What are Atypical Moles?
Maintaining optimal health for the whole body typically includes regular physical examinations with a primary care practitioner. These exams check for whole body health, early signs of illness and other important factors. When it comes to maintaining optimal skin health, a full body skin examination is just as important.
Routine Skin Cancer Exams
At Dermatology Associates of Plymouth Meeting, our board-certified dermatologists and licensed physician assistants routinely perform annual skin cancer exams to help our patients maintain optimum health. Skin cancer is the most common type of cancer and these annual checks can help clear up confusion or concerns about new spots that appear on the skin. We may also identify spots to watch closely. These annual examinations provide an opportunity to discuss skin cancer prevention strategies with your dermatologist and learn about the best sunscreens for your skin type.
How Your Dermatologist Can Help
At your annual skin exam, your provider will be searching for and examining dysplastic nevi, commonly referred to as atypical moles. Atypical moles are very common, with about one in ten Americans having them, and they can include moles with an irregular outline or moles that are larger than a pencil eraser. While these moles are oftentimes benign—meaning they are noncancerous—your dermatologist will want to keep an eye on these spots and may choose to perform an excisional biopsy to test the spot and to rule out any form of skin cancer. An excisional biopsy is a procedure that involves removing the mole from the skin and testing it to confirm that it is benign.
Monitoring Atypical Moles
In the dermatological community, there is an ongoing discussion regarding the best follow-up care for atypical moles in order to maintain optimum skin health.
In a recent article for a medical journal, our own Dr. Wolfe noted the importance of weighing the risk and benefits of excisions and re-excisions as they pertain to particular patients. Initial mole removal is often followed by a second procedure to remove any residual pigment cells left behind depending on the degree of atypia found by the pathologist. However, not all atypical moles need to be re-excised. In some cases, it is beneficial to continue monitoring atypical moles rather than to re-cut the area. This is especially true when a mole exists in a sensitive area where scarring or discomfort is a concern. Further, direct interaction with the pathologist is vital to these decisions. In a recent study, nearly 500 atypical mole sites were analyzed, and after an initial excision and discussion with the dermatopathologist, there were no subsequent melanomas upon re-excision of the area. Certainly there are some instances when re-excision is required for the long-term well-being of the patient, but it is vital that each situation be evaluated independently for the need of a secondary re-excision procedure.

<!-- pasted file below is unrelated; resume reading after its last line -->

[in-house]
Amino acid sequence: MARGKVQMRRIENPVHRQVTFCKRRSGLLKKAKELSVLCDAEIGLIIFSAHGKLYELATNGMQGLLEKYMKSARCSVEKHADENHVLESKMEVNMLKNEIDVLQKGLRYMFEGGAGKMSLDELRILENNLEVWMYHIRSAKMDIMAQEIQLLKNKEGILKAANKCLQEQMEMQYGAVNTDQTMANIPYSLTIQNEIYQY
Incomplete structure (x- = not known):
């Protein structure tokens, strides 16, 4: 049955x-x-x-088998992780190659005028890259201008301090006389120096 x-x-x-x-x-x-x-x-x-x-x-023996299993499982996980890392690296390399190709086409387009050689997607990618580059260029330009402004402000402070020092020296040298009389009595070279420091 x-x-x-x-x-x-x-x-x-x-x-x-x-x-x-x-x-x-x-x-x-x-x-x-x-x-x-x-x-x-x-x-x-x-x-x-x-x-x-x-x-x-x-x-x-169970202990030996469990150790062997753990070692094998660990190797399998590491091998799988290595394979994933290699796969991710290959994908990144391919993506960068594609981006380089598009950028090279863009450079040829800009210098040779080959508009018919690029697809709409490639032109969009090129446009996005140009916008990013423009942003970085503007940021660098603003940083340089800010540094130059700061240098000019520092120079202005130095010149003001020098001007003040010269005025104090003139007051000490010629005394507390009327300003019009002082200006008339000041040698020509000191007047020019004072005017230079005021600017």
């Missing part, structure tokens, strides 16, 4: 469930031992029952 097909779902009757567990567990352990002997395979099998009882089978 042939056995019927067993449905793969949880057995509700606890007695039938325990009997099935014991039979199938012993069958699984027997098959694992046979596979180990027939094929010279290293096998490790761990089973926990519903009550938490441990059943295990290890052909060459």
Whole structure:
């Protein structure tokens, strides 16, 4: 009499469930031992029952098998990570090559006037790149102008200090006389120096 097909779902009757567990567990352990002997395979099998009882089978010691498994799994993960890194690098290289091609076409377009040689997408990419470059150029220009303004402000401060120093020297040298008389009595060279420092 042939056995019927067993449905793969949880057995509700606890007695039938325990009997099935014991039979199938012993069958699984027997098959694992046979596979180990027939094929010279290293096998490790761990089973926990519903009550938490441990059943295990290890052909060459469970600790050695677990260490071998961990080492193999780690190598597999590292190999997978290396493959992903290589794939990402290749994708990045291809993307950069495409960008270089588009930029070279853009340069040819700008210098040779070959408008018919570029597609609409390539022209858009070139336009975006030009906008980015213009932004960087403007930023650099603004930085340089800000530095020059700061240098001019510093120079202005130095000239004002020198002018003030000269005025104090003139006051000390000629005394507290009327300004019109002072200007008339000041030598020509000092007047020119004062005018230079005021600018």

When patients regularly perform self-checks—meaning they keep an eye on atypical moles and look out for any changes in mole size and shape—and continue to come in for routine skin cancer screenings, monitoring atypical moles can be the best option.
Remembering ABCDE Warning Signs
In addition to regular skin cancer checks at your dermatologist’s office, patients can monitor their own skin health at home by keeping an eye out for the “ABCDE” warning signs of skin cancer. This easy to remember guide can help you spot atypical moles and melanoma early on, which helps improve treatment outcomes.
A is for Asymmetry
Asymmetry refers to the shape of a mole. Instead of being a regular circle or oval shape, melanomas tend to be asymmetrical, meaning if they are divided in half, those two halves do not match.
B is for Border
Melanomas may have uneven or wavy edges rather than a smooth and even border.
C is for Color
Multiple colors in a mole are considered a warning sign. Benign moles tend to be one consistent color, but a melanoma will appear to be multiple shades of brown or may have other colors such as red or white appear.
D is for Diameter and Dark
Regular skin cancer checks can help identify melanoma when it is smaller, but size can also be a warning sign. When a lesion is larger than a typical pencil eraser, it may be a melanoma. Melanomas also tend to be darker in color than typical moles.
E is for Evolving
Another indicator of a melanoma is changing size, shape or color. This can also include bleeding, itching or crusting.
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Choosing the Right Dermatologist
While it is important to keep in mind these ABCDE tips, it is also important to have a dermatologist whom you trust and can contact when you have an atypical mole in question. One of the best tips regarding skin cancer is, “when in doubt, check it out,” meaning that if you think you have spotted a warning sign, contact your dermatologist or licensed physician assistant so that their expert eye and equipment can perform a proper analysis.
When selecting a physician, it is important to find a board-certified dermatologist who understands the latest research in skin health and skin cancer. These lesions can be hard to properly identify. Working with an experienced dermatologist provides support to your overall health, as these physicians understand the subtleties of atypical moles, best practices for skin care and monitoring and can answer your questions about this complex health condition.
Schedule a skin examination today at Dermatology Associates of Plymouth Meeting for peace of mind about your atypical moles. If in doubt, have it checked out!